The men walk carrying the shrine. Everyone is in close quarters
The shrine is carried on the men’s shoulders
Everyone arrives at the boat, ready to load it
Ready to load the shrine onto the boat
The men load the boat
Pushing the shrine up onto the boat
Waiting for the boat to sail, preparations complete
Boats go in convoy to the cave
The boats line up in front of the cave before the men pray to the God.
Heading to the main port of Naru to throw Mochi at the women
A boy prepares the mochi
The mochi is ready. Waiting to arrive at the port.
Children try to get as much mochi as they can from the boat
Crowds of people receive mochi from the men on the boats
When all the mochi is gone, the men unload the boat.
Beer, sake, snacks are offered to all the men of the festival.
After a quick beer, the men prepare to take the shrine around the town
Setting off around town
Making their way to the first shop
Taking a quick rest at one of the shops in town.
And the men are about to go again
At each shop the shrine stops at, the men lift the heavy shrine many times over. It looked dangerous.
The leader waits in front of the shrine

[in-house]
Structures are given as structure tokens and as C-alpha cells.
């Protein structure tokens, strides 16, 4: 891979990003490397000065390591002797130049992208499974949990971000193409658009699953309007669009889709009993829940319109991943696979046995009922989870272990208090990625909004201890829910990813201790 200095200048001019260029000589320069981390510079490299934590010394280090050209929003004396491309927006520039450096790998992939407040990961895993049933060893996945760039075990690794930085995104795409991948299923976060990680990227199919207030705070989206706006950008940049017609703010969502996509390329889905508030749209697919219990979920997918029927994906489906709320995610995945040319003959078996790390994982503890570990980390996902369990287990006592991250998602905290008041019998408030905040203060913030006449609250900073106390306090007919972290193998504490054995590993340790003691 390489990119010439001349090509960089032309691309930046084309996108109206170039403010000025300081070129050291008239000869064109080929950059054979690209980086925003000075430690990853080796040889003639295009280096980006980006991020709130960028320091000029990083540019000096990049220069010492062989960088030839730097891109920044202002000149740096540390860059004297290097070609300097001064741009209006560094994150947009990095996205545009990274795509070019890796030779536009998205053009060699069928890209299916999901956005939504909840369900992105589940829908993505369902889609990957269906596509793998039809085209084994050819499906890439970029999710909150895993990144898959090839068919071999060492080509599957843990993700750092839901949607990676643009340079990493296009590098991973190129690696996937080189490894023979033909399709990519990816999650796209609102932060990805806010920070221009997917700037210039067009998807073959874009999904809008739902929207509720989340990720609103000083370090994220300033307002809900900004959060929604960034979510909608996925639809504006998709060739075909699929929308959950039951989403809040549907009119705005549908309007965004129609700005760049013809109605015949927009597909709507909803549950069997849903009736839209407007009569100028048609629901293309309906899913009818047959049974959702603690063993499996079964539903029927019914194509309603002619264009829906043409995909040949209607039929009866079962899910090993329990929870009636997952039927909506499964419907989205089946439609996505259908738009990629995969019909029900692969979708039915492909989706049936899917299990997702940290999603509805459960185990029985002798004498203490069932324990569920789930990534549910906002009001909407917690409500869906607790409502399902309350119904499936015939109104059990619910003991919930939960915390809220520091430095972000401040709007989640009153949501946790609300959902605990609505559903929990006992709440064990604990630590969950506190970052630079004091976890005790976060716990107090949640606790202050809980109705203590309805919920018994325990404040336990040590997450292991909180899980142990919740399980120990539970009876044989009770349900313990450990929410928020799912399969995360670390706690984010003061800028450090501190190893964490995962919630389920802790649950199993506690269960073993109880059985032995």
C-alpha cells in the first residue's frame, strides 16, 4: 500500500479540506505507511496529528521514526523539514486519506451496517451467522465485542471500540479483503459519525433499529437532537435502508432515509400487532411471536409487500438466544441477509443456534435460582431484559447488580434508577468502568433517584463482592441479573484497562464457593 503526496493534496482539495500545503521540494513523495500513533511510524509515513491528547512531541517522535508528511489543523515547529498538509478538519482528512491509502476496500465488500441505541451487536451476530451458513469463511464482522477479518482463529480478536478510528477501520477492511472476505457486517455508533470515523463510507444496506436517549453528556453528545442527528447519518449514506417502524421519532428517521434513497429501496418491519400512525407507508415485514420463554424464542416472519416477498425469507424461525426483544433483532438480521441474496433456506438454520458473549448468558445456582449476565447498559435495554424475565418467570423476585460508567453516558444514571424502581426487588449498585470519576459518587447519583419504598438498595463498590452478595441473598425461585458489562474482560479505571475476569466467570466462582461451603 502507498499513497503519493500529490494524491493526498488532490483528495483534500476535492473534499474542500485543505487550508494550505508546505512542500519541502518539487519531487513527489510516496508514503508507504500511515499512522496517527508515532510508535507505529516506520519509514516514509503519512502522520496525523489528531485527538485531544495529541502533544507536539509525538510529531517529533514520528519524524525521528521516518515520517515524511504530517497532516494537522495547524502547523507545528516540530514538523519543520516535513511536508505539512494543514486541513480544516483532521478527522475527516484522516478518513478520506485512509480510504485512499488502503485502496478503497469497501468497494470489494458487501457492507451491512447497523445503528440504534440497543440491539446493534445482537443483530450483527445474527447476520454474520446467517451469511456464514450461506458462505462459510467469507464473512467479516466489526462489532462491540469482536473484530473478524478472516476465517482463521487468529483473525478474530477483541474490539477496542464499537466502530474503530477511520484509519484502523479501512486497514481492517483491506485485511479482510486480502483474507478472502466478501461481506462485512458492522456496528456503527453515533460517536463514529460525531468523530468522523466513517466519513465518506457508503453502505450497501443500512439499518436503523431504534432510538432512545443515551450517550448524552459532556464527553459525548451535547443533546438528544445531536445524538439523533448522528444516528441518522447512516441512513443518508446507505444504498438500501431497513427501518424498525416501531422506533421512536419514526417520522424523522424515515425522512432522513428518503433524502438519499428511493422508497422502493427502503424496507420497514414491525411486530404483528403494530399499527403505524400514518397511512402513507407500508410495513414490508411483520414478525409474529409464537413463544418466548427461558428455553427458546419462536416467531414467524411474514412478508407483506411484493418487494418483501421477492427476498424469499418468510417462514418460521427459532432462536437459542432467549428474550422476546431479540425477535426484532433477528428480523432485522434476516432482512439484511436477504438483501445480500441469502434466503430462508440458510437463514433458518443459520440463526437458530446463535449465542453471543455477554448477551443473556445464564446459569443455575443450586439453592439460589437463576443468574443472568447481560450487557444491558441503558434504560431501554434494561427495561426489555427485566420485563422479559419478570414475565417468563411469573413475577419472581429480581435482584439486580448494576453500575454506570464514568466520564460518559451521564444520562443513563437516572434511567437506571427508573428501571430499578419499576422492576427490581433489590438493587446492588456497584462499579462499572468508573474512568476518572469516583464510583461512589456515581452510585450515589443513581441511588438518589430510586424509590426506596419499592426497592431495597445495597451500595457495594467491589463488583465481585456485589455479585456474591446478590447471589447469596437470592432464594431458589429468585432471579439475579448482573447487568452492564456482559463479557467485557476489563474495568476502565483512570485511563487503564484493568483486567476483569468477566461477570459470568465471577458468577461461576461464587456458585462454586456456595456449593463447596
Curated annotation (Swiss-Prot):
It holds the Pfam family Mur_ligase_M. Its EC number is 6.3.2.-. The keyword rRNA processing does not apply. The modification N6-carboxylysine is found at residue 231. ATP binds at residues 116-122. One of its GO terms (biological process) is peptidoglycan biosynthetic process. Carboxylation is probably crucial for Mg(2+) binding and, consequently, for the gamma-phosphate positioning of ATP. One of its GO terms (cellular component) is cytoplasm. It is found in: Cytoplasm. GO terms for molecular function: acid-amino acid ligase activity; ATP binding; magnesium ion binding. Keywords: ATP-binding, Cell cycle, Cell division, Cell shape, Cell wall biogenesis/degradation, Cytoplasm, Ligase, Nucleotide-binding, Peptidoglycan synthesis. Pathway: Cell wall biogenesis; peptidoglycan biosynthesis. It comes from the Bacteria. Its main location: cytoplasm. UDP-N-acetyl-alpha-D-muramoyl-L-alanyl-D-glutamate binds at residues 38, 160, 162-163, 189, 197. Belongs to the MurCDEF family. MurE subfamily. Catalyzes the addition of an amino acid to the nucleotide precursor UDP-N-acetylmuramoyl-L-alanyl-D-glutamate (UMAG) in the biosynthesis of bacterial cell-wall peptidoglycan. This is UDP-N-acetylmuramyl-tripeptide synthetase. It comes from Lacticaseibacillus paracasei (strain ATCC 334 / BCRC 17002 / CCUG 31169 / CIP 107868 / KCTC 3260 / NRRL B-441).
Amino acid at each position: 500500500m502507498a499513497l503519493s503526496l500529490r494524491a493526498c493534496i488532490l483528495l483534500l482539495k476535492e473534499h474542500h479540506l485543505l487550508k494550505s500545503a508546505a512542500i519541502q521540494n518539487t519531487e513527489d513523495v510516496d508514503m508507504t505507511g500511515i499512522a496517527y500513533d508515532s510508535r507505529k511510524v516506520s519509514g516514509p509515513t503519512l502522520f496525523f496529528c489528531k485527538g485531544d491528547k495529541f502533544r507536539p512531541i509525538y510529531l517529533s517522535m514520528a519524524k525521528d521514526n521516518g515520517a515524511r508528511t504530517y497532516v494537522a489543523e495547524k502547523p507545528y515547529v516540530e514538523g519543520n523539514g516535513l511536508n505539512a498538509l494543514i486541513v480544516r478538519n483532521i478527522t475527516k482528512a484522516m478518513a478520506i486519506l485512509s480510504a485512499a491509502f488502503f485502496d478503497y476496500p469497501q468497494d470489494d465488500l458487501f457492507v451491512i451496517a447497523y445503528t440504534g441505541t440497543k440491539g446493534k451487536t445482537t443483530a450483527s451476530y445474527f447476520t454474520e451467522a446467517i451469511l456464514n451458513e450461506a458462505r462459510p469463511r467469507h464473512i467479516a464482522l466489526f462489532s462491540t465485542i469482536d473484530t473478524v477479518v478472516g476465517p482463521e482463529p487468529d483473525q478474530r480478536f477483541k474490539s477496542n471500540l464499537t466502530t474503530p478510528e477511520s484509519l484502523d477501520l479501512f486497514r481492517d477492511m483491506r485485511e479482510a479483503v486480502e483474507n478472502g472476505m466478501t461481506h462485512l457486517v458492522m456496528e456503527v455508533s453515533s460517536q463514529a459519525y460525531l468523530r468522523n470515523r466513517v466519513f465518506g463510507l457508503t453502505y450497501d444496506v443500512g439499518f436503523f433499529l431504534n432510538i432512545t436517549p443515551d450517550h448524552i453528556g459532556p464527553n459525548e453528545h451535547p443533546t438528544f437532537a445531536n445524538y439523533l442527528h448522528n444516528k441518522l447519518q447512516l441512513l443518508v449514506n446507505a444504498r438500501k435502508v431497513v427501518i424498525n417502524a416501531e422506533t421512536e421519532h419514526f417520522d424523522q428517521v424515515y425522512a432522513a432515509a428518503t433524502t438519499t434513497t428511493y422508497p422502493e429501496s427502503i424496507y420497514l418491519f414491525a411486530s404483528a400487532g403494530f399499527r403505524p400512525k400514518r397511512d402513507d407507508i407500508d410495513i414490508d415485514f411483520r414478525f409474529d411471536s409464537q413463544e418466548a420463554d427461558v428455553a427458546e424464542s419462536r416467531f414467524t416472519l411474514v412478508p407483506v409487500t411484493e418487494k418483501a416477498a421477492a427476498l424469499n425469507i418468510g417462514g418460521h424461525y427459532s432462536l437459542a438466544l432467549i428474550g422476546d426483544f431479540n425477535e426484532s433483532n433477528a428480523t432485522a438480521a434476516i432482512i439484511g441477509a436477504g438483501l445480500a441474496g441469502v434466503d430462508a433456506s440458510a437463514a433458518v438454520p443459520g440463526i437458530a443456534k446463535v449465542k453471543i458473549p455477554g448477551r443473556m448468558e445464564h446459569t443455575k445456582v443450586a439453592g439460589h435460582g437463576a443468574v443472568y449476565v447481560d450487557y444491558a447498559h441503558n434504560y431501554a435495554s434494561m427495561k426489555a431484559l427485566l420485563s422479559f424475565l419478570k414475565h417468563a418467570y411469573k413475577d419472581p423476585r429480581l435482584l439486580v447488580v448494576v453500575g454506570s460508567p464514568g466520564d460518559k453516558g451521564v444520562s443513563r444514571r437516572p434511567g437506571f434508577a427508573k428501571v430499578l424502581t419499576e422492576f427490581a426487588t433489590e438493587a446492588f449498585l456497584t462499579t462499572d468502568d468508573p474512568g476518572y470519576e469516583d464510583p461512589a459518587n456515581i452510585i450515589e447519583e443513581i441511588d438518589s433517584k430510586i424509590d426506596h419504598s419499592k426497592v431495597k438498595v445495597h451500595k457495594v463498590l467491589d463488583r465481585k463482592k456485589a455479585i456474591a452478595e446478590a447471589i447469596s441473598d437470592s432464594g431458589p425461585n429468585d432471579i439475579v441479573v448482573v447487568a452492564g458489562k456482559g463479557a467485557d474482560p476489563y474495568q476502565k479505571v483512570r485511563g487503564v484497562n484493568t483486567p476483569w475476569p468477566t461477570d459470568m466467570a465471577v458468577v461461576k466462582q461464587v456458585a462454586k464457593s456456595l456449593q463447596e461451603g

The shrine being carried through the streets
Men of the festival.
Occasionally some of the men are forced to down some beers while the others cheer them on!
Pushing the shrine
A taiko drummer keeps all the chants in time
Enjoying more beer!
By PAUL COATES PHOTO ( www.PaulCoatesPhoto.com/blog )
On the 23rd of this month the INTERNATIONAL CULTURE DAY will be held at Nagasaki Unversity,presented by the Nagasaki Unversity Foreign Students Association (NUFSA). Bring your friends, come on down and say hello :-)we’re looking forward to meeting lots of you on the day!!
Suwa Shrine’s huge autumn festival “Nagasaki Kunchi” is starting just around the corner!!
Click here for an English guide to Nagasaki Kunchi ^^
Those of you who live in Nagasaki should definitely come to see this festival!